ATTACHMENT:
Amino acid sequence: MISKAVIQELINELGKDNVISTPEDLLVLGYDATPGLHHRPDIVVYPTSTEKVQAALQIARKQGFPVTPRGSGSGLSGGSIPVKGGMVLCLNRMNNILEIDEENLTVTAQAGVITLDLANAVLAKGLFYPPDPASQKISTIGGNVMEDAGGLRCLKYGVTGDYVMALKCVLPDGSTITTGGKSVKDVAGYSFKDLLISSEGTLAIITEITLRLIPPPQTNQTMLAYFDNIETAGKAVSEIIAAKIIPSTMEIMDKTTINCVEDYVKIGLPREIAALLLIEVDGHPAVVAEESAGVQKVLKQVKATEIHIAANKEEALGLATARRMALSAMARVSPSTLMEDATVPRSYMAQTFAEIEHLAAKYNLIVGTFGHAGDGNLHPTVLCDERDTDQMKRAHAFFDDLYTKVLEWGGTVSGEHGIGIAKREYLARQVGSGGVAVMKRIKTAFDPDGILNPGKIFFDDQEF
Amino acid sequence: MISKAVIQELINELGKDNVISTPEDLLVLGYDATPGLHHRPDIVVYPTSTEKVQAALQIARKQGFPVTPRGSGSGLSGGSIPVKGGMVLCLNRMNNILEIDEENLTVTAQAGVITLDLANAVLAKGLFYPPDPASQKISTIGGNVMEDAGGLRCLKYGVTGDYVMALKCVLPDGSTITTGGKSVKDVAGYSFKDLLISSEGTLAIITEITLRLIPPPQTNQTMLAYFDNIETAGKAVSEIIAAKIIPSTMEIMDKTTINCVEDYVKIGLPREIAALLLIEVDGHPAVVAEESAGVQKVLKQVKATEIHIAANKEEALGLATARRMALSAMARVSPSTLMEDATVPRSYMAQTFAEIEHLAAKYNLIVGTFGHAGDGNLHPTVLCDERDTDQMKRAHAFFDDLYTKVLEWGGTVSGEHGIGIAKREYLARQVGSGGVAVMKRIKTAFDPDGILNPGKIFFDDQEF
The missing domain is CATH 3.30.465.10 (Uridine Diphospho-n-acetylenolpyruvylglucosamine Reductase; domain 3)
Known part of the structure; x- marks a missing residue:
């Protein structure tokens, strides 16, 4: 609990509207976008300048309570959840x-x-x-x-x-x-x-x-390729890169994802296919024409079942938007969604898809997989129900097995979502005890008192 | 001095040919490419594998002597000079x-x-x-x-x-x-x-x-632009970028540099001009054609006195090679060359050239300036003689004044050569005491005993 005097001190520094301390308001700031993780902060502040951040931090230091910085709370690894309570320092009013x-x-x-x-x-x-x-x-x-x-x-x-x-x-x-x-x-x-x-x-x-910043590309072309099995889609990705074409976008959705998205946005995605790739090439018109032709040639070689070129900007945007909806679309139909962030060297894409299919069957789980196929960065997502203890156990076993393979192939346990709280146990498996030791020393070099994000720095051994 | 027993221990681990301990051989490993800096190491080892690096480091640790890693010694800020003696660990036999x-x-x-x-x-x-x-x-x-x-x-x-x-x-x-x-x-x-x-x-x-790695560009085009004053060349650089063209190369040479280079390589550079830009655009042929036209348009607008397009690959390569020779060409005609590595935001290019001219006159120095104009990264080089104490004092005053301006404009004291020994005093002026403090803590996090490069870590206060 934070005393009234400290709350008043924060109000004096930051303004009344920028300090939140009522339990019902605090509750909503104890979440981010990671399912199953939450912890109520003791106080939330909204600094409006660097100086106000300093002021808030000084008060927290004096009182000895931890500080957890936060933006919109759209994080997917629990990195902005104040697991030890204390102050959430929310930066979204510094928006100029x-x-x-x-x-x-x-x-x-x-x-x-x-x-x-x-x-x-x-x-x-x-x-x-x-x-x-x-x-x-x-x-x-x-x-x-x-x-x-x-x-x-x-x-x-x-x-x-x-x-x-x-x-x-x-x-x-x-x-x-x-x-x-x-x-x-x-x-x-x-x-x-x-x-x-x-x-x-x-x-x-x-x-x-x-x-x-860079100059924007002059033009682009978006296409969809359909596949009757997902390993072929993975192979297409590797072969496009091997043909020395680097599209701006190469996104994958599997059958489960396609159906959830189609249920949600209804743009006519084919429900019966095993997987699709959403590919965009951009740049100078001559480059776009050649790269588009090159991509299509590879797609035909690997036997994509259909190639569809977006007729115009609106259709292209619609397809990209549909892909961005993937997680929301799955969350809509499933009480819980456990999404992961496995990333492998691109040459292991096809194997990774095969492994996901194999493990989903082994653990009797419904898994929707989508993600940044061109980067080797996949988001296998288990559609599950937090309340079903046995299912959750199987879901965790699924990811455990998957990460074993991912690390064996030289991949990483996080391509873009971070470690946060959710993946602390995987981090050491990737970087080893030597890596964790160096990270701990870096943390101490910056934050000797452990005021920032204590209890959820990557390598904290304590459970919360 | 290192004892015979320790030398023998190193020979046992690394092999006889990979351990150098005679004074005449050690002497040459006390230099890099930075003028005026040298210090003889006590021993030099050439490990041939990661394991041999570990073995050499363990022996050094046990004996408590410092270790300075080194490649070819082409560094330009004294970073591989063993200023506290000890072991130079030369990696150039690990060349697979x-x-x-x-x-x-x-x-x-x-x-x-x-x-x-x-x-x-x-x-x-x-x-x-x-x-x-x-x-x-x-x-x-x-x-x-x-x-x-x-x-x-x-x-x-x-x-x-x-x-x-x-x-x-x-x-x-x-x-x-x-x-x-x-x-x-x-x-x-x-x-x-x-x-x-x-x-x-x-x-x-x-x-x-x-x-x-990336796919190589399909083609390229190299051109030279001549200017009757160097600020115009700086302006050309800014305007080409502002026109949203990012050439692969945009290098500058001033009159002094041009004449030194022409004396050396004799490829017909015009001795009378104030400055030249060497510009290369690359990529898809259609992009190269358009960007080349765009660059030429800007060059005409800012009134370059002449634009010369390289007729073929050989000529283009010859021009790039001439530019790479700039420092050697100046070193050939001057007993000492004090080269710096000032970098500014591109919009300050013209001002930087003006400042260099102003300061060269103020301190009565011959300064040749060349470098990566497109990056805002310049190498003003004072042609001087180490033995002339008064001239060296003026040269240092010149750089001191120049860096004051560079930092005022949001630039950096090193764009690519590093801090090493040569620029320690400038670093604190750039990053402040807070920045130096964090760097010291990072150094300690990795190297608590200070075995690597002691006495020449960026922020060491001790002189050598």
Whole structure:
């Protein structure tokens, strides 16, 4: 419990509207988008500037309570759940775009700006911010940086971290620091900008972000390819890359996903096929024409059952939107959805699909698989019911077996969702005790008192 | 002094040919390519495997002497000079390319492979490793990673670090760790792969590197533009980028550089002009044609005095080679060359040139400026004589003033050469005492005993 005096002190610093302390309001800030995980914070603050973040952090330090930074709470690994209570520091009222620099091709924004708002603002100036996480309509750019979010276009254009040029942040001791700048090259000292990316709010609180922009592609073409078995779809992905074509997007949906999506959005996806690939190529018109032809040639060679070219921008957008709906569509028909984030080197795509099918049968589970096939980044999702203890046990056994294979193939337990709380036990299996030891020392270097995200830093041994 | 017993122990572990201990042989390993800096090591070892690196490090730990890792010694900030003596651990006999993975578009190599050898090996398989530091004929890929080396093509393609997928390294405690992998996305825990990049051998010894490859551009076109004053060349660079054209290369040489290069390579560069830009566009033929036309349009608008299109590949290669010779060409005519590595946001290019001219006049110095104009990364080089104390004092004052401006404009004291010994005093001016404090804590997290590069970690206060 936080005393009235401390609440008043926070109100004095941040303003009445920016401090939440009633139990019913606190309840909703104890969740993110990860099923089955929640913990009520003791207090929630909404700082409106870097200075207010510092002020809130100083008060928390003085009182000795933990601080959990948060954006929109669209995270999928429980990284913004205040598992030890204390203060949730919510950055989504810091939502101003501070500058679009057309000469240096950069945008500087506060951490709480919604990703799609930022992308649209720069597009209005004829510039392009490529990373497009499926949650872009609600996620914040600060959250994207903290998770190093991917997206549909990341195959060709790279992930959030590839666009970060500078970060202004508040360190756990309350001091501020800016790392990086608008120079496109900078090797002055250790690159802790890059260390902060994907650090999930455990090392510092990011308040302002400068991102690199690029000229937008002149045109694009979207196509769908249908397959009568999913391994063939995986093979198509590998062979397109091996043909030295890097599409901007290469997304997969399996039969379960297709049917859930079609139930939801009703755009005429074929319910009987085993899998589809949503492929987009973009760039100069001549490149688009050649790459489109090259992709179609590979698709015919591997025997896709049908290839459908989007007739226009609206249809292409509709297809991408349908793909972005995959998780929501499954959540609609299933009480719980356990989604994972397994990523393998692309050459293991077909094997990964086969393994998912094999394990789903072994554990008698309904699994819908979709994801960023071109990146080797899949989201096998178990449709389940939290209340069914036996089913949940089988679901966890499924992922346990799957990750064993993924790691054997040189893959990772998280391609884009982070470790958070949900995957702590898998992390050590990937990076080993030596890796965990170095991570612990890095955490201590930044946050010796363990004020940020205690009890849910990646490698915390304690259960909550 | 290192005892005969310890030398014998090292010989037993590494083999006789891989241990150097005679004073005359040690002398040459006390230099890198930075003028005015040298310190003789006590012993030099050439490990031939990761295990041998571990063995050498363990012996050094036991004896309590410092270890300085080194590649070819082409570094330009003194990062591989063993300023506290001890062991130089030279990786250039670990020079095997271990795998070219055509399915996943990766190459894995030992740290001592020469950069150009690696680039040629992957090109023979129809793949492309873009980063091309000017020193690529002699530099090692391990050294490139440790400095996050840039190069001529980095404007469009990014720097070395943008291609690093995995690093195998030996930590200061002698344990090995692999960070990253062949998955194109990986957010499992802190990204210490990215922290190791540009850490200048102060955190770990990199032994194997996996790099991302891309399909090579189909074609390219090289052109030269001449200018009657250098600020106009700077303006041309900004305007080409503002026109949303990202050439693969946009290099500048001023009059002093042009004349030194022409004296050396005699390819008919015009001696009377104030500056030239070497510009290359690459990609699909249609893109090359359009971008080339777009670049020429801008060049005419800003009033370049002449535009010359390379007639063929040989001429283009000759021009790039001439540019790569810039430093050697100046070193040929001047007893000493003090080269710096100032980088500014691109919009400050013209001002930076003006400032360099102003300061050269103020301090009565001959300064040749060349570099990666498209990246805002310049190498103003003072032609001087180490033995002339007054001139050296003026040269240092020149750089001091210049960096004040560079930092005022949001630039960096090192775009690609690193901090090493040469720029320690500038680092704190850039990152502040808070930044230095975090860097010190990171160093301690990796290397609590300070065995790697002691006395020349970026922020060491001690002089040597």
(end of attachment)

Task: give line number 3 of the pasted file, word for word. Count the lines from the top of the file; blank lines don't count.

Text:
The missing domain is CATH 3.30.465.10 (Uridine Diphospho-n-acetylenolpyruvylglucosamine Reductase; domain 3)